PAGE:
In Kenya, using mediation and community self-determination to address rights violations by oil companies
Kendi Borona, Shannon Johnson & Patrick Kipalu

RRI collaborator KVCO help formalize a mediation process between local communities and oil companies in Kerio Valley, enshrining community land rights.

08 .04. 2021  
3 minutes read

In the last decade, Kenya has seen an expansion of large infrastructure projects and other large-scale land-based investments. The result has been rising pressure over land and the environment, often pitting the government, multinational companies, and local private sector actors against communities who depend on their customary lands and forests for daily survival.

In northern Kenya, oil exploration is just one driver of large-scale infrastructure projects. Oil exploration activities have expanded in the Kerio Valley in the Rift Valley region, where Kerio Valley Community Organization (KVCO), an RRI Collaborator, is based. The Rift is one of Kenya’s most populous regions with close to 13 million residents and is comprised of more than five distinct communities practicing diverse livelihoods: pastoralism, agro-pastoralism, farming, fishing, and hunting and gathering.

Local communities are resisting the oil exploration projects, attesting that the government and associated multinational corporations are violating their land rights. Seismic surveys and exploratory drilling have been conducted in the area without Free Prior and Informed Consent (FPIC) from the communities and without their requisite participation as enshrined in Kenya’s constitution.

Former area councilor presenting his views

The communities are accusing Tullow Oil and Delonex Energy of a host of rights violations, including: 1) ignoring their concerns; 2) failing to conduct an environmental impact assessment in good faith, resulting in findings that favored the company;  3) an inadequate land restoration policy; 4) destruction of local property; 5) contamination of environmental resources; and 6) the use of government administrative machinery to either coerce communities into accepting company demands or make unilateral decisions without consulting the communities who own the land.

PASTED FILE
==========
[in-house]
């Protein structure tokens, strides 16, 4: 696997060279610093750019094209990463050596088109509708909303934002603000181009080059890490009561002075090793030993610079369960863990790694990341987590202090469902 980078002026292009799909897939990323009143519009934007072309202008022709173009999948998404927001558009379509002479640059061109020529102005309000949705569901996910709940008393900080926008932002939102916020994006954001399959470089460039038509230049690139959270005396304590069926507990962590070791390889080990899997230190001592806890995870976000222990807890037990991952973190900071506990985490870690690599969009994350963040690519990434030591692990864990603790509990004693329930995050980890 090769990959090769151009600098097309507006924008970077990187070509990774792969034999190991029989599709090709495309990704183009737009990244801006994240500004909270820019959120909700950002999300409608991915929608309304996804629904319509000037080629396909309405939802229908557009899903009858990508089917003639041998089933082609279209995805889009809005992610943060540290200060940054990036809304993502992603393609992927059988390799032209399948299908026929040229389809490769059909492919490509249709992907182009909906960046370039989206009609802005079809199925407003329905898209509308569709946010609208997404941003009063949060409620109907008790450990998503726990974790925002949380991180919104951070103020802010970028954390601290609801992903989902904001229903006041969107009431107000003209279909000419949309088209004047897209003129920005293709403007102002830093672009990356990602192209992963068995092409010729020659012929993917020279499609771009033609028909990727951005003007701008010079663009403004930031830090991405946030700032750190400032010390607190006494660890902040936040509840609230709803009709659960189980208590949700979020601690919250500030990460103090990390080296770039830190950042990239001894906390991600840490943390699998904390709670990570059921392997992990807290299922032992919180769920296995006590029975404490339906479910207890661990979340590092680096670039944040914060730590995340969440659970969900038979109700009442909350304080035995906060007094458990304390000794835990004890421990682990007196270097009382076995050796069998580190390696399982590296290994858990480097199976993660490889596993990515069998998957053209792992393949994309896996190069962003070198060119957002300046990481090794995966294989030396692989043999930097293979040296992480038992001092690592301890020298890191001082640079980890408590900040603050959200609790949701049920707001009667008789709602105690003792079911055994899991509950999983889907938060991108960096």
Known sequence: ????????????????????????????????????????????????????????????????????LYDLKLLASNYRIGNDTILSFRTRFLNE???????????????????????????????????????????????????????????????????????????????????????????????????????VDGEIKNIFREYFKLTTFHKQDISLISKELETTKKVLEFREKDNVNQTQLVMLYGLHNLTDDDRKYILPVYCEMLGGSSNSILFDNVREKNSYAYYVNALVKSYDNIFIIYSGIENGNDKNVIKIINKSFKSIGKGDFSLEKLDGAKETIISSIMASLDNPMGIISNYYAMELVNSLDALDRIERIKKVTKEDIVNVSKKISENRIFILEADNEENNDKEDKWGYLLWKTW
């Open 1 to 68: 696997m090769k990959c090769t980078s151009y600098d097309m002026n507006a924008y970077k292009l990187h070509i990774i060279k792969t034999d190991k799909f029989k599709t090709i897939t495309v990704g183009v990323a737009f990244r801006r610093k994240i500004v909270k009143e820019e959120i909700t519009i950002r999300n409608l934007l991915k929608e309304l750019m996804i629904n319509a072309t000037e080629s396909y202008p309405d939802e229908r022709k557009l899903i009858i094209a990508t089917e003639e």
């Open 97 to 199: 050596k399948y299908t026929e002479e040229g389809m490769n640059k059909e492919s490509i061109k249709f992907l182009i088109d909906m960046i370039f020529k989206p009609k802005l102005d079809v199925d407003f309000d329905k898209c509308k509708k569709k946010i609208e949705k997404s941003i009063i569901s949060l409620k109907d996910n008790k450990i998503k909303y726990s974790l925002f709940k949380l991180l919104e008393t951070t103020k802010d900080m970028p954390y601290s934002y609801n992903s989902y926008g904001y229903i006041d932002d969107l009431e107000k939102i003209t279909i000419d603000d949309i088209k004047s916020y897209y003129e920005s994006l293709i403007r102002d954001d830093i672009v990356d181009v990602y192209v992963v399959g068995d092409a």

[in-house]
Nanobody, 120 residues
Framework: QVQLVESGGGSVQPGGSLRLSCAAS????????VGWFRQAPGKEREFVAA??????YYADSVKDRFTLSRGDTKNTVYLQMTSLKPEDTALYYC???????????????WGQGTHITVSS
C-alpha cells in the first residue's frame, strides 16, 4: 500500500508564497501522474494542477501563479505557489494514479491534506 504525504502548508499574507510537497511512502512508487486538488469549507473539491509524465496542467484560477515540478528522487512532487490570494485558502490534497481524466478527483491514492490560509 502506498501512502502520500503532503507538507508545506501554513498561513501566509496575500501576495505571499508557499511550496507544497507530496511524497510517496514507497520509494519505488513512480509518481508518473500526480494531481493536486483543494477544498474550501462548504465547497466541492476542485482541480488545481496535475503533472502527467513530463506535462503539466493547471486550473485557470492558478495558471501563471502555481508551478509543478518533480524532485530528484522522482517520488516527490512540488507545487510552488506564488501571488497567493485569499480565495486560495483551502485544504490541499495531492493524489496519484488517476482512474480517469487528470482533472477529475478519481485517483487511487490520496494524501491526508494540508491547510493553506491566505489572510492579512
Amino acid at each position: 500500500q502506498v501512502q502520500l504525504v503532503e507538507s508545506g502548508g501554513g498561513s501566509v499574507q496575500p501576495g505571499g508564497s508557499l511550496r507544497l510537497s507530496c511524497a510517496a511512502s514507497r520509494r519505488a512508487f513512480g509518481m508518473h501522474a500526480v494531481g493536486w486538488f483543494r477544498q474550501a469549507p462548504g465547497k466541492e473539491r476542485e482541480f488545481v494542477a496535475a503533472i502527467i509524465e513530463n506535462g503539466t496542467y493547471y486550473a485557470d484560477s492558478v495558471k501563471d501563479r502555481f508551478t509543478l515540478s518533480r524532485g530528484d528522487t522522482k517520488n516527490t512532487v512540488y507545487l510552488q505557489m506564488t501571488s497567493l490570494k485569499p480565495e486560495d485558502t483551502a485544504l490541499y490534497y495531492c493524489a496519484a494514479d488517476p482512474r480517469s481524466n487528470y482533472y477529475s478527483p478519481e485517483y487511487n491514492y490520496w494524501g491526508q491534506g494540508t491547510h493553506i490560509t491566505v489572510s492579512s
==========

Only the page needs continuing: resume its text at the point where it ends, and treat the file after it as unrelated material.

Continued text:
Community consultation is an integral part of effective implementation of the 2016 Community Land Act and the Kenyan constitution. KVCO began engaging with these oil companies in 2013, and tried several strategies including dialogue, engagement with Kenyan oversight authorities, and legal action. However, none of these efforts resulted in any change. KVCO subsequently sought support from lawyers working pro bono at the International Senior Lawyers Project (ISLP), who later introduced them to the Justice and Corporate Accountability Project (JCAP). With legal support from JCAP, KVCO then approached the International Finance Corporation Compliance Advisory Ombudsman (CAO) to address the communities’ grievances against the oil companies.

Steering committee member (Isaiah) explaining a point during the community engagement meeting at Kinyach

With RRI’s support throughout this process, KVCO has been laying the foundation for a mediation process that will be overseen by the CAO. Communities in Rift Valley are also demanding proper engagement with all key industry players before the further commencement of additional oil exploration activities in their territory.

In 2020, KVCO conducted meetings with its steering committee and with communities in five localities within the Kerio Valley region. Along with the local communities, it was able to identify mediators and observers, build understanding about the dynamics of oil exploration, and deliberate on the mediation process. They have now developed a mediation strategy paper which includes a plan for community engagement and a proposal for a Memorandum of Understanding between the communities and two oil companies.

The work has been well received by community members:

“As a member of this community and an advocate for just practices within communities, I want to appreciate the CAO for taking up this dispute which had dragged for over 7 years now. We as a community had been rendered hopeless with no one to listen to our grievances. Decisions have been imposed on us, our lands trampled on and our livelihoods affected. Some of us have had a resolve to speak for the voiceless, poor of the poor, the oppressed, those living [excluded] – we want to do our part of service to humanity.”

Lawrence Kiplagat, Community member & Projects Coordinator – KVCO

The long-term goal of the project is to establish a more meaningful and long-lasting relationship between the oil companies and local communities by enshrining community rights that allow both parties to avoid conflict, environmental problems, destruction of community resources, and resolve past grievances. This project also provides an excellent case study of pursuit of community self-determination for other communities engaged in the quest for sustainable land rights and justice.

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